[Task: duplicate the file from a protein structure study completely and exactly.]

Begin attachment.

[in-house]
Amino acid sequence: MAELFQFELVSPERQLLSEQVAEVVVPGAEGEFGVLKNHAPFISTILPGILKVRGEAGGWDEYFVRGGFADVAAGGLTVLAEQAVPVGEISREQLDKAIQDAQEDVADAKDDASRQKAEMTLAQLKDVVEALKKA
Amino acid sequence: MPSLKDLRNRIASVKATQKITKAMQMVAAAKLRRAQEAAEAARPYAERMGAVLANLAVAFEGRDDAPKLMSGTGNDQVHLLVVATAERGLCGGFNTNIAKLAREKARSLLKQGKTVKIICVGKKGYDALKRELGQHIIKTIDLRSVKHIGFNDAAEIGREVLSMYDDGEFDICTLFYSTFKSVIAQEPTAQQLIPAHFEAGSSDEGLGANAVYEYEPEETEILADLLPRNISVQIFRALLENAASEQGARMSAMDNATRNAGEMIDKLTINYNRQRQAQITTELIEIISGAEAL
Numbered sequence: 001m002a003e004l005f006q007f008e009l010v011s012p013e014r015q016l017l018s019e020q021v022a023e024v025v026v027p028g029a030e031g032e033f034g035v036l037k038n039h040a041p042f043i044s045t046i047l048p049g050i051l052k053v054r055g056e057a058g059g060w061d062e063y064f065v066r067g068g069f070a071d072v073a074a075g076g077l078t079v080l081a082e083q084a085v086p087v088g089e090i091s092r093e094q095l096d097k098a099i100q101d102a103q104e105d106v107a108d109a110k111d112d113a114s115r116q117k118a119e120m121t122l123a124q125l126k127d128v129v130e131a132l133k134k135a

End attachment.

[in-house]
Amino acid sequence: MAELFQFELVSPERQLLSEQVAEVVVPGAEGEFGVLKNHAPFISTILPGILKVRGEAGGWDEYFVRGGFADVAAGGLTVLAEQAVPVGEISREQLDKAIQDAQEDVADAKDDASRQKAEMTLAQLKDVVEALKKA
Amino acid sequence: MPSLKDLRNRIASVKATQKITKAMQMVAAAKLRRAQEAAEAARPYAERMGAVLANLAVAFEGRDDAPKLMSGTGNDQVHLLVVATAERGLCGGFNTNIAKLAREKARSLLKQGKTVKIICVGKKGYDALKRELGQHIIKTIDLRSVKHIGFNDAAEIGREVLSMYDDGEFDICTLFYSTFKSVIAQEPTAQQLIPAHFEAGSSDEGLGANAVYEYEPEETEILADLLPRNISVQIFRALLENAASEQGARMSAMDNATRNAGEMIDKLTINYNRQRQAQITTELIEIISGAEAL
Numbered sequence: 001m002a003e004l005f006q007f008e009l010v011s012p013e014r015q016l017l018s019e020q021v022a023e024v025v026v027p028g029a030e031g032e033f034g035v036l037k038n039h040a041p042f043i044s045t046i047l048p049g050i051l052k053v054r055g056e057a058g059g060w061d062e063y064f065v066r067g068g069f070a071d072v073a074a075g076g077l078t079v080l081a082e083q084a085v086p087v088g089e090i091s092r093e094q095l096d097k098a099i100q101d102a103q104e105d106v107a108d109a110k111d112d113a114s115r116q117k118a119e120m121t122l123a124q125l126k127d128v129v130e131a132l133k134k135a